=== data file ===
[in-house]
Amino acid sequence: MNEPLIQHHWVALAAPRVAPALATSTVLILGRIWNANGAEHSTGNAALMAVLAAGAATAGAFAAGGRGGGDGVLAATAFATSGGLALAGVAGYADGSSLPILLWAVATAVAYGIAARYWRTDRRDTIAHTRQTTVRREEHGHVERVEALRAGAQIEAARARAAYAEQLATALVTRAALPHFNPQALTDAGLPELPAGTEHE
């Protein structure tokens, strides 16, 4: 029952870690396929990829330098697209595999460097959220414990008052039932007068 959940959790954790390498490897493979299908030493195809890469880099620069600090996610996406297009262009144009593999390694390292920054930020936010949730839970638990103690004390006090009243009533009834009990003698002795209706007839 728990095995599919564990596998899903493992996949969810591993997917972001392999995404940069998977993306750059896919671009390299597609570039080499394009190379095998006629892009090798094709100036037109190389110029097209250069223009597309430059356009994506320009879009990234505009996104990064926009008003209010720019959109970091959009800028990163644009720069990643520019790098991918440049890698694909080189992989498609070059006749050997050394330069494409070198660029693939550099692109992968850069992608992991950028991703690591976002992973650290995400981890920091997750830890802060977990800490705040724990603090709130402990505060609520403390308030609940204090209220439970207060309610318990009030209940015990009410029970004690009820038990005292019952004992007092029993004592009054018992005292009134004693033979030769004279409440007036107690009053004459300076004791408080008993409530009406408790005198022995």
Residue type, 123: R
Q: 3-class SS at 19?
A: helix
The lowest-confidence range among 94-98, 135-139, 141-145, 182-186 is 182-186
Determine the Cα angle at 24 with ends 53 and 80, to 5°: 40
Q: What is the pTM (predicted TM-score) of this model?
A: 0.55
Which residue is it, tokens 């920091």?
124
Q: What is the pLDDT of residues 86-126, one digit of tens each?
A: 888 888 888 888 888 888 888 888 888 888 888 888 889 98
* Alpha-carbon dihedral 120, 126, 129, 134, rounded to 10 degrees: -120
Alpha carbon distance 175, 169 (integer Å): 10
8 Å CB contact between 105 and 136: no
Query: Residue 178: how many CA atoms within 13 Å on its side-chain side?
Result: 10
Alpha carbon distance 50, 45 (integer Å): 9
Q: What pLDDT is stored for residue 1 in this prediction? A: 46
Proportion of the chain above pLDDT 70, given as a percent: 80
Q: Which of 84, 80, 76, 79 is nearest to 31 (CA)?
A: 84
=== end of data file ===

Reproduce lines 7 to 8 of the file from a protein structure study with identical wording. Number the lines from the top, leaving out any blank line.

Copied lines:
The lowest-confidence range among 94-98, 135-139, 141-145, 182-186 is 182-186
Determine the Cα angle at 24 with ends 53 and 80, to 5°: 40